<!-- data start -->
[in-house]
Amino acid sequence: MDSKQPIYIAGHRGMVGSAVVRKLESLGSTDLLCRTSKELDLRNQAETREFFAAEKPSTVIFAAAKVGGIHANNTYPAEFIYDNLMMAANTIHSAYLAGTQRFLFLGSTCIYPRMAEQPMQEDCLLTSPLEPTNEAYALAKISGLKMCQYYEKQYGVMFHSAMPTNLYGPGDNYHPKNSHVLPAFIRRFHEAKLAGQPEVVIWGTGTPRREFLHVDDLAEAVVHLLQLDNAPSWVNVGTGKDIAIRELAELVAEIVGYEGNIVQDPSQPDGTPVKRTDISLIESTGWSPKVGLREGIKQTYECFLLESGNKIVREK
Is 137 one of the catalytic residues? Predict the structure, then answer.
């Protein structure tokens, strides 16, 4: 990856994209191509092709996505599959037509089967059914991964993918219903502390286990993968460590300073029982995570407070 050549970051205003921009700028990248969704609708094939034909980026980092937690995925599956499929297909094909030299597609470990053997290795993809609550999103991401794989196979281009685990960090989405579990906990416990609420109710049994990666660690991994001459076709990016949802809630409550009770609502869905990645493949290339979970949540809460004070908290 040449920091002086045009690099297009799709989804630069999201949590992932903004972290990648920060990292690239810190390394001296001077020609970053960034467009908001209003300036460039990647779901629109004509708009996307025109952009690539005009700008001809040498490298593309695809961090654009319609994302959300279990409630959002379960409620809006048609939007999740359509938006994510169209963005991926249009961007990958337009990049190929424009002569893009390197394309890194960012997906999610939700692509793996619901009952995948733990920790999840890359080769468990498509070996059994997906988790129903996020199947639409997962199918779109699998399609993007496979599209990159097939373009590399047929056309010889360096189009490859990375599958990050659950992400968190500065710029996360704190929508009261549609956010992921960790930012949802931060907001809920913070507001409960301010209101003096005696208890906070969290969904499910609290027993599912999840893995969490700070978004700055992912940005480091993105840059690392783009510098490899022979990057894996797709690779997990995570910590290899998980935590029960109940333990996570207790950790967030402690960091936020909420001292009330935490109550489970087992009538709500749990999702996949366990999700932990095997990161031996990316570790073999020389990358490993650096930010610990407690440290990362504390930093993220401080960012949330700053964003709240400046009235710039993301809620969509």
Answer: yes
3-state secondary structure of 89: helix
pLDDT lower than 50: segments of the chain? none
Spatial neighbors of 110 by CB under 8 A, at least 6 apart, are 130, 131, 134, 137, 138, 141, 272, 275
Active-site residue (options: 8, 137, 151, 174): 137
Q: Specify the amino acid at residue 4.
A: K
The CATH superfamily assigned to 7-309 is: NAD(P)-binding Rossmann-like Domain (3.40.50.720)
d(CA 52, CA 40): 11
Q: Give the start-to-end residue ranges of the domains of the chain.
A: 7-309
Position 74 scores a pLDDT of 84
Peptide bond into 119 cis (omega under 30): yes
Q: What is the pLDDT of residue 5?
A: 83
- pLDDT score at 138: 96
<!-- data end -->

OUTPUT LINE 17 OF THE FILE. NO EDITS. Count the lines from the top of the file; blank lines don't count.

Peptide bond into 119 cis (omega under 30): yes